Annual report pursuant to Section 13 and 15(d)

2. Summary of Significant Accounting Policies

2. Summary of Significant Accounting Policies
12 Months Ended
Dec. 31, 2020
Accounting Policies [Abstract]  
Summary of Significant Accounting Policies

Note 2 – Summary of Significant Accounting Policies


The accompanying financial statements and related notes have been prepared in accordance with accounting principles generally accepted in the United States of America (“U.S. GAAP”) and in accordance with the rules and regulations of the United States Securities and Exchange Commission (the “SEC”). The Company’s fiscal year end is December 31.


Use of Estimates in Financial Statement Presentation - The preparation of these financial statements in conformity with accounting principles generally accepted in the United States of America requires management to make estimates and assumptions that affect the reported amounts of assets and liabilities at the date of the financial statements and the reported amounts of revenues and expenses during the reporting period. Actual results could differ from those estimates.


Liquidity and Going Concern - These financial statements have been prepared on a going concern basis, which assumes the Company will continue to realize its assets and discharge its liabilities in the normal course of business. The continuation of the Company as a going concern is dependent upon the ability of the Company to obtain equity financings to continue operations. The Company has a history of and expects to continue to report negative cash flows from operations and a net loss. Management believes that the cash on hand is sufficient to fund its planned operations into but not beyond the near term. These factors raise substantial doubt regarding the Company’s ability to continue as a going concern. These financial statements do not include any adjustments to the recoverability and classification of recorded asset amounts and classification of liabilities that might be necessary should the Company be unable to continue as a going concern. The Company may seek additional funding through a combination of equity offerings, debt financings, government or other third-party funding, commercialization, marketing and distribution arrangements, other collaborations, strategic alliances and licensing arrangements and delay planned cash outlays or a combination thereof. Management cannot be certain that such events or a combination thereof can be achieved.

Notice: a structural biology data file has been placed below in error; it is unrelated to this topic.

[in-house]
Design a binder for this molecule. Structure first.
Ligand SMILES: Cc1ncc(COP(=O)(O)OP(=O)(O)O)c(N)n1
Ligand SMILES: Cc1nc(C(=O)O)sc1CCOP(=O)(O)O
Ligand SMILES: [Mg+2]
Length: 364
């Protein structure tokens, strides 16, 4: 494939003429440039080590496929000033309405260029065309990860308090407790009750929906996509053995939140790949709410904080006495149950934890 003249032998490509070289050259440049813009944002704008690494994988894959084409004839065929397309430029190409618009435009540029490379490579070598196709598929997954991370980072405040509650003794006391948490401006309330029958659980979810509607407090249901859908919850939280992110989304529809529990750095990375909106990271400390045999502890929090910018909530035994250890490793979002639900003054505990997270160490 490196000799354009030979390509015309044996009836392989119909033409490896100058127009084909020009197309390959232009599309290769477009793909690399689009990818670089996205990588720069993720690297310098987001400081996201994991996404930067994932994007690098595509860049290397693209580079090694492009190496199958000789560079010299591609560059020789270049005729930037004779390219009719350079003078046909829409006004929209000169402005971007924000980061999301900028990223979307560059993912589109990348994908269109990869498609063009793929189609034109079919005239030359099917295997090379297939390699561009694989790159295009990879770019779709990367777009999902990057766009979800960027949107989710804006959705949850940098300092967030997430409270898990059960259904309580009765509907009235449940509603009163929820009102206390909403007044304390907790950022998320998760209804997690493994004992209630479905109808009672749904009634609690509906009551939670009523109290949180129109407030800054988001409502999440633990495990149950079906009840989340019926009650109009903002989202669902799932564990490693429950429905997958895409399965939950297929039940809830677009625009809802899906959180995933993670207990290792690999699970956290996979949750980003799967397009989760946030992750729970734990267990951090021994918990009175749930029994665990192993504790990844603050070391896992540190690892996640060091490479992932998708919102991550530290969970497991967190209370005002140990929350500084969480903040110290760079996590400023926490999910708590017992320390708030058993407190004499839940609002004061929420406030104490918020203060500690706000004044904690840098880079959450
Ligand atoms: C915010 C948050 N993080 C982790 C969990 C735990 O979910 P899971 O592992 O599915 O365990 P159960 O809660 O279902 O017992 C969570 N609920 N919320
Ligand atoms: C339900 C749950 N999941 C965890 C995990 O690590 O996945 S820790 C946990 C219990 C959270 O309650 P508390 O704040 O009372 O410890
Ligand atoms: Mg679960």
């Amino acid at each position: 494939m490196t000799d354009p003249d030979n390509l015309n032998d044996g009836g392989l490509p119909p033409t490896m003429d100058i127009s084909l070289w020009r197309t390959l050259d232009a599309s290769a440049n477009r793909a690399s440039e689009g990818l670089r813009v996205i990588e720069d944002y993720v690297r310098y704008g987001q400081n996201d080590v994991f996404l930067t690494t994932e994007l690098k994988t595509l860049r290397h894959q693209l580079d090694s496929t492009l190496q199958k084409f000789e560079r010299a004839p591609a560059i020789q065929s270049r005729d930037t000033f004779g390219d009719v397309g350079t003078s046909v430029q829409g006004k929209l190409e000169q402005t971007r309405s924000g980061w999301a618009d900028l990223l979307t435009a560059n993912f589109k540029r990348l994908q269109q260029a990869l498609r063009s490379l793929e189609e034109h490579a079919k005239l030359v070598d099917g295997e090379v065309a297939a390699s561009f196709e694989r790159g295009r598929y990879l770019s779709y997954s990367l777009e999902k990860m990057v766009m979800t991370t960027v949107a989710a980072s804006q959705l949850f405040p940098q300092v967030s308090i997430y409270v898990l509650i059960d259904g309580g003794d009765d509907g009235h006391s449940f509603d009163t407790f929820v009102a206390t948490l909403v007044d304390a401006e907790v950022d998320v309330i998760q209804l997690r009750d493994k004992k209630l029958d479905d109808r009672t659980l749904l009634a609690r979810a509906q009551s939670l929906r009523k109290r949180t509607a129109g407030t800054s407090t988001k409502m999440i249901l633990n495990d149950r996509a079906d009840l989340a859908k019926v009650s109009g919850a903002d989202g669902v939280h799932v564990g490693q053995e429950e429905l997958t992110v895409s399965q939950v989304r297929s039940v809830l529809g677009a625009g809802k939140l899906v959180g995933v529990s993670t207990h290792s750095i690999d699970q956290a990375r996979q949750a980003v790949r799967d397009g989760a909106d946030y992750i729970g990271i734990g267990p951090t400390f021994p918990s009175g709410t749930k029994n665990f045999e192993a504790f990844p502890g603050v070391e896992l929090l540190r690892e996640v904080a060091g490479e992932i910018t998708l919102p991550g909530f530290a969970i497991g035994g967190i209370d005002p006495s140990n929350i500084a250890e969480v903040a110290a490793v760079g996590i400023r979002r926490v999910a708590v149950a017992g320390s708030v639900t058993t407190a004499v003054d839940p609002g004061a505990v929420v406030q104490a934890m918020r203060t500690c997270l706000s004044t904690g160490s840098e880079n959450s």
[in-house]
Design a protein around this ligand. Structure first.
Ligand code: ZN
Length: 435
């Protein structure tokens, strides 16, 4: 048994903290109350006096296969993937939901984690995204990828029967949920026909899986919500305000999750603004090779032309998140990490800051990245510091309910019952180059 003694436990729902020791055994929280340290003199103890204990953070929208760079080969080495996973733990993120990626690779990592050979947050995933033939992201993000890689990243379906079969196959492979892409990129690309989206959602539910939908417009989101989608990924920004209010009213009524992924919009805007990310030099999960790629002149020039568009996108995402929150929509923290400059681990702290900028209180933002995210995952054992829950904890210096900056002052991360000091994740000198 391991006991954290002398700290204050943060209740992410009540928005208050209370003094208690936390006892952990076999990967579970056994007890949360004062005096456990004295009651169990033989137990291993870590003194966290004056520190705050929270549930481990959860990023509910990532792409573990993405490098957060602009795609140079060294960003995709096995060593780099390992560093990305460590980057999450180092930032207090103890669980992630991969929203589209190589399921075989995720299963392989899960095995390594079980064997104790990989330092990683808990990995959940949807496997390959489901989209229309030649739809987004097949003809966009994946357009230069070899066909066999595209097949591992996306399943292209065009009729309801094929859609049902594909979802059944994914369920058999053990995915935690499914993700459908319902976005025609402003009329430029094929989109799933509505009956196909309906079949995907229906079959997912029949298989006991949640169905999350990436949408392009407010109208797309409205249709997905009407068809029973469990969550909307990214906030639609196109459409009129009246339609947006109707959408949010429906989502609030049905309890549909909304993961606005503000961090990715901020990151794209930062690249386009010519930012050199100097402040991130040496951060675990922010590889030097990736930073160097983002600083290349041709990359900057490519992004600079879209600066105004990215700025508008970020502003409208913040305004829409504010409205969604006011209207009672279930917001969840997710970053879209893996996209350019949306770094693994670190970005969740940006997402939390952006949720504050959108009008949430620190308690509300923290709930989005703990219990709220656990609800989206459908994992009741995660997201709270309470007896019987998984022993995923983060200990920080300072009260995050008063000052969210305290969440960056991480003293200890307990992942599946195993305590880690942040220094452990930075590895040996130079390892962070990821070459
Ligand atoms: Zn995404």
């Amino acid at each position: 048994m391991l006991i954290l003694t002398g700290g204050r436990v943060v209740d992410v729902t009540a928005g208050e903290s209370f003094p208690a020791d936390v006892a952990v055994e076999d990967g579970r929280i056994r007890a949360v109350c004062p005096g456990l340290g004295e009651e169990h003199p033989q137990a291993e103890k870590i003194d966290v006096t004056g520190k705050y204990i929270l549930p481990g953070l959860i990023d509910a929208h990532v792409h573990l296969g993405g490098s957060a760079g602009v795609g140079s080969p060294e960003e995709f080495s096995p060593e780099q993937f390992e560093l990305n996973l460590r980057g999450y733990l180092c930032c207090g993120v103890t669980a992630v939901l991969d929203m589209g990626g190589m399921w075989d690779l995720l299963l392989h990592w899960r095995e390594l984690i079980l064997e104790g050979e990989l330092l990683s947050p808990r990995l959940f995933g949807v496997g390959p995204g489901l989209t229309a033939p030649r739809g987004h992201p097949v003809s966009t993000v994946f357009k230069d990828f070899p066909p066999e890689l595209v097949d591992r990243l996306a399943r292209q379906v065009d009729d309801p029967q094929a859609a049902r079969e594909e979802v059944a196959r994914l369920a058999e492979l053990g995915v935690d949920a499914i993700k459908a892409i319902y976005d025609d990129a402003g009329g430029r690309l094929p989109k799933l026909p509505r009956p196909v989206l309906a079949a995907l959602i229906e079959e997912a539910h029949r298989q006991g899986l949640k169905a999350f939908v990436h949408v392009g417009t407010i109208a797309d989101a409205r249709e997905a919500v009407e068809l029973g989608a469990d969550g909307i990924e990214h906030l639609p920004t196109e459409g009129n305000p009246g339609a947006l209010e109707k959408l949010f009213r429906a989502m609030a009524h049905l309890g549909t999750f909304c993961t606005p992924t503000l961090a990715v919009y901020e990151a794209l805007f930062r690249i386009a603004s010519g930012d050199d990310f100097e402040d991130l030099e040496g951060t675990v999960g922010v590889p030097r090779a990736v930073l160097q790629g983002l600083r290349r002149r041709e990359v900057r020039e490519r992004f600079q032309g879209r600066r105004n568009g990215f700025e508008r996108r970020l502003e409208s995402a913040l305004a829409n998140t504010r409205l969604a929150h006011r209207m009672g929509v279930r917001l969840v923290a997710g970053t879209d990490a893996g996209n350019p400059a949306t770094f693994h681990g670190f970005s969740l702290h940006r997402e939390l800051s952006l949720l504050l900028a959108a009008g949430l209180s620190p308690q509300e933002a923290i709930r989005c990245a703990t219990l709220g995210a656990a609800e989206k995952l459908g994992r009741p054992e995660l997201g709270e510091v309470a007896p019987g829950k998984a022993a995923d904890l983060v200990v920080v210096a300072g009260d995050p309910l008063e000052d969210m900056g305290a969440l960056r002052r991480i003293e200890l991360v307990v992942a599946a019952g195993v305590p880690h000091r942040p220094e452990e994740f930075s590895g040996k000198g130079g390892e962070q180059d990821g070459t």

Cash and Cash Equivalents - The Company considers all highly liquid accounts with original maturities of three months or less at the date of acquisition to be cash equivalents. Periodically, the Company may carry cash balances at financial institutions in excess of the federally insured limit of $250,000. The amount in excess of the FDIC insurance at December 31, 2020 was $13,789,493. The Company has not experienced losses on these accounts and management believes, based upon the quality of the financial institutions, that the credit risk with regard to these deposits is not significant.


Property and Equipment - Property and equipment is recorded at cost and depreciated over their estimated useful lives using the straight-line depreciation method as follows:


Leasehold improvement Shorter of estimated useful lives or the term of the lease
Computer equipment 2-3   years
Machinery and equipment 5 years
Furniture and office equipment 7 years


Repairs and maintenance costs are expensed as incurred.


Impairment of Long-lived Assets - The Company evaluates its long-lived tangible assets for impairment whenever events or changes in circumstances indicate that the carrying amount of such assets may not be recoverable. Recoverability of a long-lived asset is measured by comparison of the carrying amount to the expected future undiscounted cash flows that the asset is expected to generate. Any impairment to be recognized is measured by the amount by which the carrying amount of the asset exceeds its fair value.



Fair Value of Financial Instruments - The carrying value of short-term instruments, including cash and cash equivalents, accounts payable and accrued expenses, and short-term notes approximate fair value due to the relatively short period to maturity for these instruments.


Fair value is defined as the exchange price that would be received for an asset or paid to transfer a liability (an exit price) in the principal or most advantageous market for the asset or liability in an orderly transaction between market participants on the measurement date. Valuation techniques used to measure fair value maximize the use of observable inputs and minimize the use of unobservable inputs. The Company utilizes a three-level valuation hierarchy for disclosures of fair value measurements, defined as follows: